18. Kermit2

    Thread Starter AAC Fanatic!

    Feb 5, 2010
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    I really appreciate the suggestions. I could do something simpler I'm sure, and any cooling at all where there was none before is a good thing. Mostly it was just to get back into 'tinkering', and since I had never used a thermistor in anything I've built before, that's what I decided to do. Just a ProjecT is all. Nothing fancy, nothing critical.


    A hack a day, keeps my boredom at bay. :) The power into the compressor will be tapped and fused at 1 amp, and be switched through a two blade AC socket. The Fan will have a male two prong plug(coiled AC power cord from an old electric razor) that will plug into the socket. It was done like that so I could move the fan to another "thing" some future day.
     
  19. GetDeviceInfo

    Senior Member

    Jun 7, 2009
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    the shroud is indeed designed to move air over the electric motor and onto the cylinder finning, driven by the motor's fan. Removing it would not be a good idea. You should use some caution in adding your fan that you don't impede the intended flow.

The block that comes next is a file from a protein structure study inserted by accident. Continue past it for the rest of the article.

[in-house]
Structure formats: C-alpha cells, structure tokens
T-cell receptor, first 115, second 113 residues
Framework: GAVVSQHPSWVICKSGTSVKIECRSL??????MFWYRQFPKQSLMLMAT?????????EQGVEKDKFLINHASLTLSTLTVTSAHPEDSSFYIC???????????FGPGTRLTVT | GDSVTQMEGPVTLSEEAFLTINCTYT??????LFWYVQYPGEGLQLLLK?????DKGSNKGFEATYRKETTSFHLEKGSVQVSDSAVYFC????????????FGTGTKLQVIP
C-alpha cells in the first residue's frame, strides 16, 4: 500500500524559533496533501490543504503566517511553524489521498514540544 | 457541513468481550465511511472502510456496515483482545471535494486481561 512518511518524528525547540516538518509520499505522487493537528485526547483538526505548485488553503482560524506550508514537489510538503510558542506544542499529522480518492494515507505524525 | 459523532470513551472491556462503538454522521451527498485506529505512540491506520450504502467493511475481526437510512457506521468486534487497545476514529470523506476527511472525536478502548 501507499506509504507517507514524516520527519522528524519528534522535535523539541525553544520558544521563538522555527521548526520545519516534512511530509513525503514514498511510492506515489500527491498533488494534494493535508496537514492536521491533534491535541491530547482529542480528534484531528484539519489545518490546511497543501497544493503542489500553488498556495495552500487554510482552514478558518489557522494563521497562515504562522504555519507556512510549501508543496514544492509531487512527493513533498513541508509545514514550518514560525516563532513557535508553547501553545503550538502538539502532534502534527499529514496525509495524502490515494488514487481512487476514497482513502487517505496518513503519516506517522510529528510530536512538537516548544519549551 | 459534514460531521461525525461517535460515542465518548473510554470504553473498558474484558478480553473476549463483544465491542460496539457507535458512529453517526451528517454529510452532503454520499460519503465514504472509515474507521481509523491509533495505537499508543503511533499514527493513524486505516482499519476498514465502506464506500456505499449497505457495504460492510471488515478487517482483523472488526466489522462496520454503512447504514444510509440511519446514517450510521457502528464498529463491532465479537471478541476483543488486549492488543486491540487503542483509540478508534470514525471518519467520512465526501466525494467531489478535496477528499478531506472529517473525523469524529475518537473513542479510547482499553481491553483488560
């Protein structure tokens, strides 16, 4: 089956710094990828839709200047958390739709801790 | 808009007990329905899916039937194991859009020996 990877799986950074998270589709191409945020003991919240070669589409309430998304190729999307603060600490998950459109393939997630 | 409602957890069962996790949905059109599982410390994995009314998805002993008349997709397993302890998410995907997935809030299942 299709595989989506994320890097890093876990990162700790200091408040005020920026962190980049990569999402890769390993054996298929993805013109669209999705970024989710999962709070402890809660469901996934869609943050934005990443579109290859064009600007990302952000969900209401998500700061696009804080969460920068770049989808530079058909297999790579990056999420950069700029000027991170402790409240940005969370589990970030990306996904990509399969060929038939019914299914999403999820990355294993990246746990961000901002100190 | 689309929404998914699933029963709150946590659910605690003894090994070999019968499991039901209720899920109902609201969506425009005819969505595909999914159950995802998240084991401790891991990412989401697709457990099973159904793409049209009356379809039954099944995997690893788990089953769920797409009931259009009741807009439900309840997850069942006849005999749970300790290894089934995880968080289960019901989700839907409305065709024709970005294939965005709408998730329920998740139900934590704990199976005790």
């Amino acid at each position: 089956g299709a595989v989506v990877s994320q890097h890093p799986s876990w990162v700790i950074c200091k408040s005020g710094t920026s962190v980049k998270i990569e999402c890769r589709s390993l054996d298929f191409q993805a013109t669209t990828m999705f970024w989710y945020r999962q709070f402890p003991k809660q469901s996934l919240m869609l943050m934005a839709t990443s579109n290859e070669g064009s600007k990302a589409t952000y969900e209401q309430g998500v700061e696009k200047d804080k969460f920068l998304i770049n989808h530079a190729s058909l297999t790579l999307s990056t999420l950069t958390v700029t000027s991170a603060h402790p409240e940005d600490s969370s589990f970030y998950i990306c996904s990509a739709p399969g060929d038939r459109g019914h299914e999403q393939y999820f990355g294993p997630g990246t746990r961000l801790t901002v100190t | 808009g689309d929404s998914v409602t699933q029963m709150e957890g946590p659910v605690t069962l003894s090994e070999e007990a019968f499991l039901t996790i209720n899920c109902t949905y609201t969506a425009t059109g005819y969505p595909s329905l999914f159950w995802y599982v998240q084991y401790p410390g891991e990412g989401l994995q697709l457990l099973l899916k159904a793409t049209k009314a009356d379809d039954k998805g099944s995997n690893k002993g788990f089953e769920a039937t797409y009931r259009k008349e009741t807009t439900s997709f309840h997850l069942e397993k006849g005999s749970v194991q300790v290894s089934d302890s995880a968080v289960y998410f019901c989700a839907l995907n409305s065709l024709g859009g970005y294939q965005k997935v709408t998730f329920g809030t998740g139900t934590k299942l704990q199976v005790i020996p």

You might be farther ahead to improve the efficiency of the exsisting motor fan by tightening the clearances on the intake.
     
  20. Kermit2

    Thread Starter AAC Fanatic!

    Feb 5, 2010
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    There is indeed an impeller fan on the shaft of the electric motor, but it is housed in a ventilated cover and serves its purpose cooling the electric motor very effectively. It however, has no effect on the cooling situation around the fins of the compressor piston. The fan I'm adding will be to cool that area only. If the shroud is serving any purpose other than cosmetic, it would be to add an irritating rattle to the working of the device, and maybe to keep water and dirt off of the motor and mechanical workings beneath it.

    Should have another update by next weekend.

    Kermit
     
    Last edited: Nov 1, 2010